Women’s Sport is a Promising Investment
Women’s sport is a promising investment, and despite the popularity and importance of sport, women’s access to regular sports practice and to management positions in sports organisations is still extremely limited in many countries.
Because of the rigid format of male sport, the calendar has no space for new competitions. This is partly why the ‘still to be’ untapped market of women’s sport, has such enormous potential.
In the UK, women’s sport has the potential to produce £1 billion of revenue per year by 2030. A figure almost three times the amount it generated in 2021.
So, what is going on?
There is the obvious increasing demand for more women’s sport. This is especially true for young demographics. In fact, YouGov—a British international Internet-based market research and data analytics firm found that 44% of sports fans from ages 18 to 24 prefer watching women’s sport. That figure, however, could not contend with the 84% in the over 55 age group that prefer men’s sport.
According to new research, women’s sport may be just as fruitful a long-term investment as men’s sport is.
Data analysts and Nielsen Sports, a leading sports intelligence & measurement company, say it is because fans of women’s sport are more likely to advocate for sponsors and buy the brands’ products. Men’s sport has many investors all competing on returns, and it has already proved a successful format. What makes women’s sport a terrific opportunity is that it can be innovative without needing to compete with its male counterpart.
Sponsors are aware of this
Across FIFA, UEFA, and World Rugby, sponsorship investing in women’s sport increased by a whopping 146% last year. The values of some of these assets are priced competitively in comparison to similar men’s sport assets. Investors and sponsors are realising this and recognising the potential. Of course, when we are speaking of business, you must remember that it has taken years for men’s sport to become the huge phenomenon it is, and it required a steady and consistent investment flow to turn it into what it is today.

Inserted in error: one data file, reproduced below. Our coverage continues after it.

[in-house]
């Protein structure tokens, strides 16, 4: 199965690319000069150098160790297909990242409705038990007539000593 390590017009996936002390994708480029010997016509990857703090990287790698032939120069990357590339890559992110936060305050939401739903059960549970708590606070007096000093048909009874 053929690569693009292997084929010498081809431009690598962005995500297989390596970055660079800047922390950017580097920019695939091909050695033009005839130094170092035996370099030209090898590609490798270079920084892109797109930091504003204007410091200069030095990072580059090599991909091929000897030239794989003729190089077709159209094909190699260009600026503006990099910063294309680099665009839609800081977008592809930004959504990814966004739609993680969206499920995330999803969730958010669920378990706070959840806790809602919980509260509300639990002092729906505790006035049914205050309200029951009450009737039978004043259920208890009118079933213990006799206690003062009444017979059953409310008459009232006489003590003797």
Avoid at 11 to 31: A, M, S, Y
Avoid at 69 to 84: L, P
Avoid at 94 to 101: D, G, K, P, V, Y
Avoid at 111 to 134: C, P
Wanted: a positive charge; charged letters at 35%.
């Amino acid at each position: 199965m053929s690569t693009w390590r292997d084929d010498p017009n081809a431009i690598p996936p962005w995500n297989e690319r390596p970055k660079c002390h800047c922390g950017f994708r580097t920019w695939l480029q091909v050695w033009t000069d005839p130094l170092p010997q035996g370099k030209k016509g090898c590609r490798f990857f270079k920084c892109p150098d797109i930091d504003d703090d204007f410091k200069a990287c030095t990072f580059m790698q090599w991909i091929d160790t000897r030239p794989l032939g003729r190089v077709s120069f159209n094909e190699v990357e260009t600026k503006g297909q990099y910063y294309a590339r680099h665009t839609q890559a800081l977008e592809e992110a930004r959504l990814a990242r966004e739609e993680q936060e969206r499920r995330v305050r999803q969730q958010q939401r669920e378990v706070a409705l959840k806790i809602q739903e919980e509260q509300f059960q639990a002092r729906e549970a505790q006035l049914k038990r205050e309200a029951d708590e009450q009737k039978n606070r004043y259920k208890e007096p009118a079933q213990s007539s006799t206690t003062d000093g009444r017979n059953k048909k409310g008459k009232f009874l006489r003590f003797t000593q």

For anyone who knows their history, men’s sport in general is not new, nor is it a phenomenon. The gladiators of yesterday are the titans of professional sport today (minus the swords, and death being the conclusion for one side rather than a trophy). The ‘downward pointing thumb’ of Caesar signaling a ‘fait accompli’ today has also been replaced with the ‘thumb down’ of Facebook and You Tube, where everyone plays Caesar.
Things have changed dramatically. Women’s sport is on a fast trajectory to catching up with the men, so just as with men’s sports, the focus must also be on a medium to long-term investment. This then ensures opportunities are not missed, and all are capitalised on.
It is important for investments to be well positioned to guarantee returns.
If female athletes are supported and their sport receives higher levels of exposure, with higher levels of investment, women’s sport leagues will be able to allocate the money to marketing and brand elevation initiatives. They can also devise new ways of generating more revenue.
The UEFA Women’s European Championship has already helped boost interest in women’s football. Without doubt, the perception of women’s football is also changing, and England’s Lionesses are a major part of that shifting sport landscape. Top earners in England are making around £200,000, and star players are increasingly being offered endorsement deals with brands like Pepsi and Gucci.
Euro 2022 was the first time the women’s league were offered their own separate sponsorship.
Nielsen Sports analysts have been reported to say, this sponsorship was a good financial decision. Because high-profile names like Heineken and Visa were attracted, UEFA’s revenue stream increased significantly. Evidently, when UEFA and the FA back and invest in women’s sport, the results are visible.
Once fans become a part of the bigger picture and are more invested in the players and rivalries, this will drive competition and ultimately, investment. If targeted properly, there can be enormous potential. And the same applies here as any good investor will already know – you’re in it for the long term. Patience is required for returns to start coming in.
Women’s sport is a promising investment, and it can do at least one thing men’s can’t, experts say: Get bigger!